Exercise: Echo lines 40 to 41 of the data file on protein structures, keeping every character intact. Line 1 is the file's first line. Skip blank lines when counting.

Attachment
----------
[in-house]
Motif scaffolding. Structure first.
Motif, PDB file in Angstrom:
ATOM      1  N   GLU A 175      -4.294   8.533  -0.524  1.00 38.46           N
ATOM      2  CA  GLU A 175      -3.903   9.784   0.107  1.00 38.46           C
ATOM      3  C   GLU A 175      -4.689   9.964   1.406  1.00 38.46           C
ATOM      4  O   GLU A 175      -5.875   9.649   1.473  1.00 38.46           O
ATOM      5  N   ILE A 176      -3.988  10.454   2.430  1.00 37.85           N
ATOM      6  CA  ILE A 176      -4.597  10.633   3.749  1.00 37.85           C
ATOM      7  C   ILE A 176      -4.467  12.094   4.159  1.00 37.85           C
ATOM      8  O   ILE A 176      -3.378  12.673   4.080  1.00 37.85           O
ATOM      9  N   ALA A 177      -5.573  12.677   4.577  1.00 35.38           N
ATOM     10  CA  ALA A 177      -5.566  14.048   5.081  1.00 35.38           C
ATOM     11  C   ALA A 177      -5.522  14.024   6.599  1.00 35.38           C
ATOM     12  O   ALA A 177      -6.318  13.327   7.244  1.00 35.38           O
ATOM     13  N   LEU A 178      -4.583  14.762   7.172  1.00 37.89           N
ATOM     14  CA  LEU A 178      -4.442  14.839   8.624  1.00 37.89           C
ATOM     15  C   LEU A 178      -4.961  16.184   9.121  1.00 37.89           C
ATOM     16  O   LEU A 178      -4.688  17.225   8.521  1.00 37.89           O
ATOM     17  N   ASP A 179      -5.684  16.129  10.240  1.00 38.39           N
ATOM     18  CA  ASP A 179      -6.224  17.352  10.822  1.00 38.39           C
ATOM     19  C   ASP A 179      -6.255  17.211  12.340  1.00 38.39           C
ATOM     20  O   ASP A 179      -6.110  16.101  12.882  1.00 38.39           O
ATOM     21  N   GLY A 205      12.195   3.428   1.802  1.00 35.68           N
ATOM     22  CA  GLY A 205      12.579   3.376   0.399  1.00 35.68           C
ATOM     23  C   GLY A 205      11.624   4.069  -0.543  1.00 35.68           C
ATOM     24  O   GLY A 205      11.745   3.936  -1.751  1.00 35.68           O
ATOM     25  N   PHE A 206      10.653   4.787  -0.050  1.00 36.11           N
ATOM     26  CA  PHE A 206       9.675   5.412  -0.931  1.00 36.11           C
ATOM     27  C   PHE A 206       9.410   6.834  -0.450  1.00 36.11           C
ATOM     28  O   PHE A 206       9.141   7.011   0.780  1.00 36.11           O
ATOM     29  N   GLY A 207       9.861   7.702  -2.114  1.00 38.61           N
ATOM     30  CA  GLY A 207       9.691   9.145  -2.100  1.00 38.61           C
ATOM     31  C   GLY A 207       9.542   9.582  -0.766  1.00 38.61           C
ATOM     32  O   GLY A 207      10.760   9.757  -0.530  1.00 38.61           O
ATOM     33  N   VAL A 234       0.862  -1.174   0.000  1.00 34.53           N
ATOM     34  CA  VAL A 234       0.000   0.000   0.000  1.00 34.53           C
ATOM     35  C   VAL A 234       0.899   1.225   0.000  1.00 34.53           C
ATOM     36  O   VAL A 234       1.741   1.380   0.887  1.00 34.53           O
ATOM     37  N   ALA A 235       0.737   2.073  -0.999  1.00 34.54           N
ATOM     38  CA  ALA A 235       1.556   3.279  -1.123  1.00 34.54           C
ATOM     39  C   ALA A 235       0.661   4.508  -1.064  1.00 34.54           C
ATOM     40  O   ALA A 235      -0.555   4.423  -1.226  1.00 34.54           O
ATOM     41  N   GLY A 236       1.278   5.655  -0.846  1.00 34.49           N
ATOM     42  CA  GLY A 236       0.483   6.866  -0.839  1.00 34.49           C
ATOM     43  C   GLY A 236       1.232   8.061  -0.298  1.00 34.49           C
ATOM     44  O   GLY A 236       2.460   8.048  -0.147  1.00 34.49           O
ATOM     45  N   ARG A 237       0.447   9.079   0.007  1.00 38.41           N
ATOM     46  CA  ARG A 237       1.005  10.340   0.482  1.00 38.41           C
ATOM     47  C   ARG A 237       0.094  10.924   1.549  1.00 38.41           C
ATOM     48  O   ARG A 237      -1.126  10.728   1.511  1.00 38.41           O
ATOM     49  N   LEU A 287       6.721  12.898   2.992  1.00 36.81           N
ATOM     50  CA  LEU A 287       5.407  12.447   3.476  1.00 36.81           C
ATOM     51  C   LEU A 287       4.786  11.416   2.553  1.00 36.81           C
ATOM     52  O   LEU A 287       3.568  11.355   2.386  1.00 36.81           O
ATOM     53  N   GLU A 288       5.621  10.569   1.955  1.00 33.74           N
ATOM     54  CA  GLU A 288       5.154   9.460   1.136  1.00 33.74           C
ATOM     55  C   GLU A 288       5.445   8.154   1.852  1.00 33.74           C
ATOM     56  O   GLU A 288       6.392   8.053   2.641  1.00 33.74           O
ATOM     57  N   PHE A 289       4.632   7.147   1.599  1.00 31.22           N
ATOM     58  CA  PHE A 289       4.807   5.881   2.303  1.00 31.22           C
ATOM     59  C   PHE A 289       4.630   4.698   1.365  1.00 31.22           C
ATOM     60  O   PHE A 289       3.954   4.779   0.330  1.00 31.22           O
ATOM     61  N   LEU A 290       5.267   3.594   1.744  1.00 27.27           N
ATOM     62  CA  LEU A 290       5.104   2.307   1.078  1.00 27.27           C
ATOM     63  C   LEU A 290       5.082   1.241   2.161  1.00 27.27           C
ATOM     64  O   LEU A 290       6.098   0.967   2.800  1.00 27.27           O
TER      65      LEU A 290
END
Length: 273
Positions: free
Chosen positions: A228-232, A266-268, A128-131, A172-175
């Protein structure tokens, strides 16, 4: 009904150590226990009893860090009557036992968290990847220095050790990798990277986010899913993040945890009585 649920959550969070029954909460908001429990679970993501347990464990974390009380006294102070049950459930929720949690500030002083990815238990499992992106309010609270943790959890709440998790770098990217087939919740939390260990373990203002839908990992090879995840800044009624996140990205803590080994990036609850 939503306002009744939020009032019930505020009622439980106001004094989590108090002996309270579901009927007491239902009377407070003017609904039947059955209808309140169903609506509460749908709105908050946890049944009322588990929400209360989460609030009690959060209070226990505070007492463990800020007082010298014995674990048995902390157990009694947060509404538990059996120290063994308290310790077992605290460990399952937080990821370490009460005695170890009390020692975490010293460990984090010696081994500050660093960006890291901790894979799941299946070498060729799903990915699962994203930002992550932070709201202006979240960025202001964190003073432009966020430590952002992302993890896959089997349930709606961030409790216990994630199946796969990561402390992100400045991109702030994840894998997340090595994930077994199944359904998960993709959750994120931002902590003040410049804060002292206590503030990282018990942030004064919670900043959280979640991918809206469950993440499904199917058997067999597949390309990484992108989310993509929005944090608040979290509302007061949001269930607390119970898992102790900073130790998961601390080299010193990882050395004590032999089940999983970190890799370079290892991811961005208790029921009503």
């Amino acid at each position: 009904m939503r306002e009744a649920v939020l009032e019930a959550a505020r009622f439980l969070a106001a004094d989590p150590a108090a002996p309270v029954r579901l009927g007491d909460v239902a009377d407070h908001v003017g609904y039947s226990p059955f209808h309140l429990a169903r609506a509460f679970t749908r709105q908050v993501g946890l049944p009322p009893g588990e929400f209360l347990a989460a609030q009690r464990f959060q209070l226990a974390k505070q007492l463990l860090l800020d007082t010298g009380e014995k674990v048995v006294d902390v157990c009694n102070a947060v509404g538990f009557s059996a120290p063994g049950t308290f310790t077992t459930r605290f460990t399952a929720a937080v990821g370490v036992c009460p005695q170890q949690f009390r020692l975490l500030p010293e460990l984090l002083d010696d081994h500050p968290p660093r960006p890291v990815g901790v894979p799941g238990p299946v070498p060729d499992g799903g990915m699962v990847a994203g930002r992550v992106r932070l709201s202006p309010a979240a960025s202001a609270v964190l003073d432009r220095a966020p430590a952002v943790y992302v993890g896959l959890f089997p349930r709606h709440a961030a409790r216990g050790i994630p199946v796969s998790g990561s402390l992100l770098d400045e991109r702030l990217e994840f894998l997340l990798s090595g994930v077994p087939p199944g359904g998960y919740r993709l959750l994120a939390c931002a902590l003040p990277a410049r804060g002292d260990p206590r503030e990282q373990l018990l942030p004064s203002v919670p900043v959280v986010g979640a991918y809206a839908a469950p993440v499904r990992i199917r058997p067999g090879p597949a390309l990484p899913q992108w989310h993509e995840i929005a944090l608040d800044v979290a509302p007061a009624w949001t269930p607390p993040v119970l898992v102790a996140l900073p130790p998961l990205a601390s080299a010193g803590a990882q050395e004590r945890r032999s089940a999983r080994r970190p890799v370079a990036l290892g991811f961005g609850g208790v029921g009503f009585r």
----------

ATOM     37  N   ALA A 235       0.737   2.073  -0.999  1.00 34.54           N
ATOM     38  CA  ALA A 235       1.556   3.279  -1.123  1.00 34.54           C